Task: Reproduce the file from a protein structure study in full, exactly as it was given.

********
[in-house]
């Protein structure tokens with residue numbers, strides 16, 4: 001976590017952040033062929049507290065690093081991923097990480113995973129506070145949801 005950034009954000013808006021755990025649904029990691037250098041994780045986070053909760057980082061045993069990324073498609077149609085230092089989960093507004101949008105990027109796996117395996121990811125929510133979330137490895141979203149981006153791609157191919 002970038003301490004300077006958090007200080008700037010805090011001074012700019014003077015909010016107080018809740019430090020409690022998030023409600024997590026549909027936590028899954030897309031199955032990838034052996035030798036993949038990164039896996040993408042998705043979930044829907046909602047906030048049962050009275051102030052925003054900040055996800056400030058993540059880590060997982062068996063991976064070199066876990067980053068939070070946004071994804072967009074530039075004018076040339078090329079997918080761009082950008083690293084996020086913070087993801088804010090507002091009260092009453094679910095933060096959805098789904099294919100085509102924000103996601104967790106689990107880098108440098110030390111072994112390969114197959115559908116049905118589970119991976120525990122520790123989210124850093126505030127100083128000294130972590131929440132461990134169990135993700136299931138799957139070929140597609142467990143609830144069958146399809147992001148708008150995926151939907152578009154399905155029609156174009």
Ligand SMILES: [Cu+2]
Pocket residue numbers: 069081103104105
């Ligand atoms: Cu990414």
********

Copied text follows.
[in-house]
């Protein structure tokens with residue numbers, strides 16, 4: 001976590017952040033062929049507290065690093081991923097990480113995973129506070145949801 005950034009954000013808006021755990025649904029990691037250098041994780045986070053909760057980082061045993069990324073498609077149609085230092089989960093507004101949008105990027109796996117395996121990811125929510133979330137490895141979203149981006153791609157191919 002970038003301490004300077006958090007200080008700037010805090011001074012700019014003077015909010016107080018809740019430090020409690022998030023409600024997590026549909027936590028899954030897309031199955032990838034052996035030798036993949038990164039896996040993408042998705043979930044829907046909602047906030048049962050009275051102030052925003054900040055996800056400030058993540059880590060997982062068996063991976064070199066876990067980053068939070070946004071994804072967009074530039075004018076040339078090329079997918080761009082950008083690293084996020086913070087993801088804010090507002091009260092009453094679910095933060096959805098789904099294919100085509102924000103996601104967790106689990107880098108440098110030390111072994112390969114197959115559908116049905118589970119991976120525990122520790123989210124850093126505030127100083128000294130972590131929440132461990134169990135993700136299931138799957139070929140597609142467990143609830144069958146399809147992001148708008150995926151939907152578009154399905155029609156174009």
Ligand SMILES: [Cu+2]
Pocket residue numbers: 069081103104105
């Ligand atoms: Cu990414």